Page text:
In October 2005, I proposed the term SOA 2.0. I wanted to make a distinction between two ways in which the SOA technology could be used.
Many (probably most) organizations are using SOA to deliver internal IT benefits, while some people are thinking about using SOA to deliver business transformation and improved customer experience. I don't personally find the former (what I call SOA 1.0) very interesting, but I accept that many organizations will want to do a fair amount of this before they venture into what I think is the more exciting stuff (which I call SOA 2.0).
Of course I saw some useful parallels between Web 2.0 and SOA 2.0 - similar to what some people are calling Enterprise 2.0 or Enterprise Web 2.0. But my focus was not on a new version of SOA as technology, but on a new set of (more interesting) uses for essentially the same technology.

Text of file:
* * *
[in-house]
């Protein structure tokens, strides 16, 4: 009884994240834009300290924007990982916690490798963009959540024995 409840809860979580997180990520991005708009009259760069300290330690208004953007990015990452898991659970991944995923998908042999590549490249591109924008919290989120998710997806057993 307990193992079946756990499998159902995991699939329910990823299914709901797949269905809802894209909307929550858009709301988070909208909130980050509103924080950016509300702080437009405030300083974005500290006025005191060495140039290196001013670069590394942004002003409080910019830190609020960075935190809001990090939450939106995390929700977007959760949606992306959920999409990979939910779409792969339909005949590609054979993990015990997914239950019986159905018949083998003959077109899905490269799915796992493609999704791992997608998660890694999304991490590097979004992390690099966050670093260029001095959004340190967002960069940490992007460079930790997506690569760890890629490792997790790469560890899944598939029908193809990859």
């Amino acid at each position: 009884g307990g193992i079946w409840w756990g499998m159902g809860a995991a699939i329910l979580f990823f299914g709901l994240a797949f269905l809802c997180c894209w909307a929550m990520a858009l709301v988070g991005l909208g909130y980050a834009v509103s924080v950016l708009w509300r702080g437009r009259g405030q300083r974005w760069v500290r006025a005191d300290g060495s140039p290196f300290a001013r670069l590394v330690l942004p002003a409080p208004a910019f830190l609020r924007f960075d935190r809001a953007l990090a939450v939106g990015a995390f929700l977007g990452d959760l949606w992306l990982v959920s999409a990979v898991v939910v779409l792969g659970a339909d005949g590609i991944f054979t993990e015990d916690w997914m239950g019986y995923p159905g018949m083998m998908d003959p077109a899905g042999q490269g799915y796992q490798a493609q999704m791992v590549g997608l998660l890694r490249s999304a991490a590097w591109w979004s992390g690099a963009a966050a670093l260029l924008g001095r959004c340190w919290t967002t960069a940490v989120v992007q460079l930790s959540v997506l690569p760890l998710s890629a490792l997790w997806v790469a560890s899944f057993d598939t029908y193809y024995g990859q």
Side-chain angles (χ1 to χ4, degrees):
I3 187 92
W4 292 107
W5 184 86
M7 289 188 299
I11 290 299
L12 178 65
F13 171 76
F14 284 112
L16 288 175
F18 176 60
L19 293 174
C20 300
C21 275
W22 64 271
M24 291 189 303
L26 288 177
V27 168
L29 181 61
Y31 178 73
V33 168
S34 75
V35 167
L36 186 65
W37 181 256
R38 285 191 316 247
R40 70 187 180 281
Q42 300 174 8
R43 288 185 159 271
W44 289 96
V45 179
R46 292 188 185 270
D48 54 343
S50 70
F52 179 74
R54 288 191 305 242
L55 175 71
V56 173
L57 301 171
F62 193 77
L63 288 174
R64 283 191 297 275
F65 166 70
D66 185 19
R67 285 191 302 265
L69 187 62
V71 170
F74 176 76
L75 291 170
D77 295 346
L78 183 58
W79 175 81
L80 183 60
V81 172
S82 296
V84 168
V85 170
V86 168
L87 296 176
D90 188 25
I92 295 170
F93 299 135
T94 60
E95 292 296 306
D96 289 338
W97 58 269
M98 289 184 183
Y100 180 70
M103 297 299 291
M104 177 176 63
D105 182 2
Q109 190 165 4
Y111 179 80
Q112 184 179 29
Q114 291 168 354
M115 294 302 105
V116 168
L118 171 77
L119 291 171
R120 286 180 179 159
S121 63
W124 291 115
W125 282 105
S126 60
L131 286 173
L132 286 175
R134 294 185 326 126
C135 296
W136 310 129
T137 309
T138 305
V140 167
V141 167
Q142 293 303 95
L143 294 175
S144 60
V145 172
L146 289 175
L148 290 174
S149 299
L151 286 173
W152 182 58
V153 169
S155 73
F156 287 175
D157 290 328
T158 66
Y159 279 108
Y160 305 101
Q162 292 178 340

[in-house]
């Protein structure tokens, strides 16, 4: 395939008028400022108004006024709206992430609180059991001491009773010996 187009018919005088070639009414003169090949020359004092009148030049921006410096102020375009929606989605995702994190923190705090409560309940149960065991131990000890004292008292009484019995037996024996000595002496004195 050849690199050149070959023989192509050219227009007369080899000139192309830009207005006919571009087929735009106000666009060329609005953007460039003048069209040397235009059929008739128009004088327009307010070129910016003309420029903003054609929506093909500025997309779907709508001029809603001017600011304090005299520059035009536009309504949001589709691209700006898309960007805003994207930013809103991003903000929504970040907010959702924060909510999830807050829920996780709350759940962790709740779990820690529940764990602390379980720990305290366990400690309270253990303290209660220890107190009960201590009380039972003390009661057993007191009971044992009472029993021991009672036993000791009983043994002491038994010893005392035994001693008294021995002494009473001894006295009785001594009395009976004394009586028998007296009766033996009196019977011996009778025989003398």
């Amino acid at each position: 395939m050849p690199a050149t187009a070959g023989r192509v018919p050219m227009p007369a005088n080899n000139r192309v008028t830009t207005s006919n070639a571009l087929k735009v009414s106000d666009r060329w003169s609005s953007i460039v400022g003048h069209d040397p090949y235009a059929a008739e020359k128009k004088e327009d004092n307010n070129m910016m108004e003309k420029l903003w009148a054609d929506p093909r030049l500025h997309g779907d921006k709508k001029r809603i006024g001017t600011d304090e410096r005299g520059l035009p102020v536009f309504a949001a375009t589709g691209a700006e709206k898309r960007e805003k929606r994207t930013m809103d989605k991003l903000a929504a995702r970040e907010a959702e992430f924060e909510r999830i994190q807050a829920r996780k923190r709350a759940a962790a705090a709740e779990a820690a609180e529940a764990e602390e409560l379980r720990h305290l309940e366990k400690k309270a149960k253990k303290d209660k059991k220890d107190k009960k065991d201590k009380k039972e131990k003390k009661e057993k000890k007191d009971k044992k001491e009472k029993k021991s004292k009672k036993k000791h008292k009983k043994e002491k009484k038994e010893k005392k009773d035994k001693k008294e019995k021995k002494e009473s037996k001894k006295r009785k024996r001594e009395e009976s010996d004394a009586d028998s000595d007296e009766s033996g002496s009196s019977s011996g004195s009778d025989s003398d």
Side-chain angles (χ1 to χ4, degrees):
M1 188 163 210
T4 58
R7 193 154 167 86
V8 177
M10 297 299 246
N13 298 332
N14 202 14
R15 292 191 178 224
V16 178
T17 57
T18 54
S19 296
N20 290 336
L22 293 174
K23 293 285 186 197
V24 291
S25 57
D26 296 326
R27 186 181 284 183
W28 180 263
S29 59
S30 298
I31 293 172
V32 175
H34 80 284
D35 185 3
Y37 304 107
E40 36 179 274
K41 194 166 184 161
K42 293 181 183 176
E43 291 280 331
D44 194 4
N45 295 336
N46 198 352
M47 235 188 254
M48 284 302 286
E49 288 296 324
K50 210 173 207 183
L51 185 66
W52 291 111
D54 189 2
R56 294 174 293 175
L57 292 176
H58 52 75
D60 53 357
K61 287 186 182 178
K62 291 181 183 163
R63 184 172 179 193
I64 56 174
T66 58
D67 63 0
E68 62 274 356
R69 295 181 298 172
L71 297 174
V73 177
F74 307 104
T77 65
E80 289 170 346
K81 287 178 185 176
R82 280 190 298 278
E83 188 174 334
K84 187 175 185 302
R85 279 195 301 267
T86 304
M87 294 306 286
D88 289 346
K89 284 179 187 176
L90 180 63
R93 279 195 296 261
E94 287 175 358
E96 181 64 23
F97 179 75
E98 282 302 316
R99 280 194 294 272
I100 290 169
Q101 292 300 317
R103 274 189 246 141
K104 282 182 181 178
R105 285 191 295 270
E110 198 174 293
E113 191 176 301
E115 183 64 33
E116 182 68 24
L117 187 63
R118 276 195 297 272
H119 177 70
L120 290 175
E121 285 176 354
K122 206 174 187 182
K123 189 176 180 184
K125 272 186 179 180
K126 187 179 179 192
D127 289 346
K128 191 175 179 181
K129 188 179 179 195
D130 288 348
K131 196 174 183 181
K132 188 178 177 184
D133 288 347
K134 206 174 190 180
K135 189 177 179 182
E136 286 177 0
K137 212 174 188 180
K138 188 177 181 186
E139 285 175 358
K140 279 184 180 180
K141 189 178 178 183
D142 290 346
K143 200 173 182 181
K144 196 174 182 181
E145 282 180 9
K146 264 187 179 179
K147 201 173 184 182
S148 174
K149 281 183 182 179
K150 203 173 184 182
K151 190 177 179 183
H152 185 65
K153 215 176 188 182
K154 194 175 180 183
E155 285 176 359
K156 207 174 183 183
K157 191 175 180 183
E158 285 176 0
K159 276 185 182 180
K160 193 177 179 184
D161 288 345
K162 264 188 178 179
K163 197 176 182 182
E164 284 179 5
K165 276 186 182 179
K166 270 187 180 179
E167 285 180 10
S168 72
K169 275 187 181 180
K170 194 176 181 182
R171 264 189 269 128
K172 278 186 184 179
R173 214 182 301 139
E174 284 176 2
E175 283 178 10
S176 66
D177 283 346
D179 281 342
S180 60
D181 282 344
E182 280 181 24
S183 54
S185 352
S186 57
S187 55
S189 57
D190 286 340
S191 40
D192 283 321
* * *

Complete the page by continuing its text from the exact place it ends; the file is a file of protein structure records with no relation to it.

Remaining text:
However, the term SOA 2.0 is now starting to be used (particularly by Gartner and Oracle) for a rather confusing technical reframing of SOA. Apparently SOA 2.0 now includes EDA. This surprises many well-informed commentators, who had always thought that SOA was event-driven anyway.
So now the SOA 2.0 meme has fallen into serious disrepute. See attacks by Mark Little and Neil Ward-Dutton, with further commentary by Paul Krill (InfoWorld) and Joe McKendrick (ZDNet).
Perhaps I should sue someone?
SOA 2.0 Blog Posts